3D Printers need a lot of maintenance. If you are only maintaining 10 printers you are going to spend an inordinate amount of time keeping them running. They plug, they jam, they go out of alignment. All of that is time lost that could have been put towards improving your product or selling more of it. And what happens when you simply do not have the expertise to maintain your printers. Then they may be thrown out and written off as an expense. You can expect that about 5-10% of the cost of your farm will have to be invested in maintenance, and that does not include time-spent. Again services have the advantage of having this baked into their business models. They are able to streamline and standardize maintenance so that it is minimized


We did not include labor before, now we will. 3D Printer farms are very labor intensive. And they require expertise. You are not operating a fleet of microwaves. You are operating a fleet of CNC machines. Each machine must be tuned and prepped with the correct material. The files on the machines must be sliced and tested. Then the prints must be started on each machine. And those prints must be removed when each machine is done. When prints come off the machines, they must have supports removed and be refined for shipping. All of this is a labor cost. If you are starting a company you can count your labor as free, but that is not the case as soon as you hire an employee to do this work. Labor is a big component of 3D printer farms. They are not low effort. This is part of the "secret sauce" of services like Slant 3D. All of our systems are automated. Parts are robotically removed from machines. Cameras and trained personnel check and evaluate thousands of parts per day. Again this makes the cost of labor per part much lower than with an in-house 3D printer. You can watch the video below to see how involved it is to maintain a 3D printer farm


Material is what most people attribute to the cost of 3D Printing. And it is a big one. And two things contribute to the cost of material. Failure rate of the machines and scale of purchases. Standard desktop 3D Printers fail about 25-50% of the time. That means that you will waste 25-50% of the material that you put into them. And that applies to a 3D Printer farm composed of desktop 3D Printers. This failure rate is due to all the factors that we have already discussed, expertise, labor, quality of the machines, etc. And it is practically unavoidable without equipment designed to operate in high-volume long-running environment. The other contributor is Scale. Unless you are buying material literally by the truckload then your cost of material will be much higher than a service that is able to import truckloads of material. They simply have an economy-of-scale that is very difficult to achieve with a small printer farm that is dedicated to only a couple of products.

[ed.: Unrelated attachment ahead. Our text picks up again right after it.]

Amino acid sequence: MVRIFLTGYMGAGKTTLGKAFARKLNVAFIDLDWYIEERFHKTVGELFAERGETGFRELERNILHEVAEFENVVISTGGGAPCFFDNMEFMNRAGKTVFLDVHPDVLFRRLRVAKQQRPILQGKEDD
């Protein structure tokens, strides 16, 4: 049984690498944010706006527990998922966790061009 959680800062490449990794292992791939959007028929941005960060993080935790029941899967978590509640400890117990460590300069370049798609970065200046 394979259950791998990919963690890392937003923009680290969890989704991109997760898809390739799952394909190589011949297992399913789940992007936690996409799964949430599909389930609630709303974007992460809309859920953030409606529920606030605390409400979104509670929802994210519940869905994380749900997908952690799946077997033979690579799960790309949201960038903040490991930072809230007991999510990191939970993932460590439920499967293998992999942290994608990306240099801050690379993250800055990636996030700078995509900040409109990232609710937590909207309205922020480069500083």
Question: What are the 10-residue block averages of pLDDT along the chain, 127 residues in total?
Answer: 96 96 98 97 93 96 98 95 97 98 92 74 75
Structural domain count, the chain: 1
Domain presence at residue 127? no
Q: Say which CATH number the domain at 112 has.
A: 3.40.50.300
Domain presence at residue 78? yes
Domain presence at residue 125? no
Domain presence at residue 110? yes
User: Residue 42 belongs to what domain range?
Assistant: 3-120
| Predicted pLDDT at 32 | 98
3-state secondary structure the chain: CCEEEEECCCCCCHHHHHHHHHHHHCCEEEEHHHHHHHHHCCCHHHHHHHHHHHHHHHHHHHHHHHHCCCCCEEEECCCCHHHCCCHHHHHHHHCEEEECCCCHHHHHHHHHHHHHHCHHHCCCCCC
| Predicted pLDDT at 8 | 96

There is also just the efficiency of expertise. 3D Printing services employ world leaders in operations around additive manufacturing. They know answers to questions in-house 3D printer farms don't know to ask. They are a great resource because of this. When using a service you have input from these troves of experience that you would otherwise not be aware of. And 3D printers are a skill-set. They are not a microwave that you can just turn on and get parts out of. Especially not at any kind of scale. The reliability and and consistency of a service comes from this experience.

Reason to Go it Alone

Now it is true. Services are more efficient and reliable than an in-house 3D printer farm when making large numbers of parts. But there are cases when you can and should create an in house 3D Printer farm. 1. Many Custom Parts If you are doing custom parts for people. You should have a printer farm. These are high margin components that you can evaluated and iterate on more quickly than any service can ship you parts. There may also be some cost advantages a well. But you should do the spreadsheet on that. You can get a quote from Slant 3D for comparison But even here services can be of help. Slant 3D works with companies that make on-demand custom cookie cutters. And it is far easier to have Slant 3D do the printing, packing, and shipping then have the client build their own printer farm. Now they are able to focus on designing more cookie cutters.

Bottom Line

With any business context matters. Services offer scale fast for companies that are ready to grow. In-house printer farms offer control, but very rarely cost benefits over the long term. If you are starting a business around 3D printed products. Make sure you have a spreadsheet that takes all of these costs into account. And get a quote from us to see how they compare. Taking the stress manufacturing your product off you plate is always a huge value. That is why we started Slant 3D.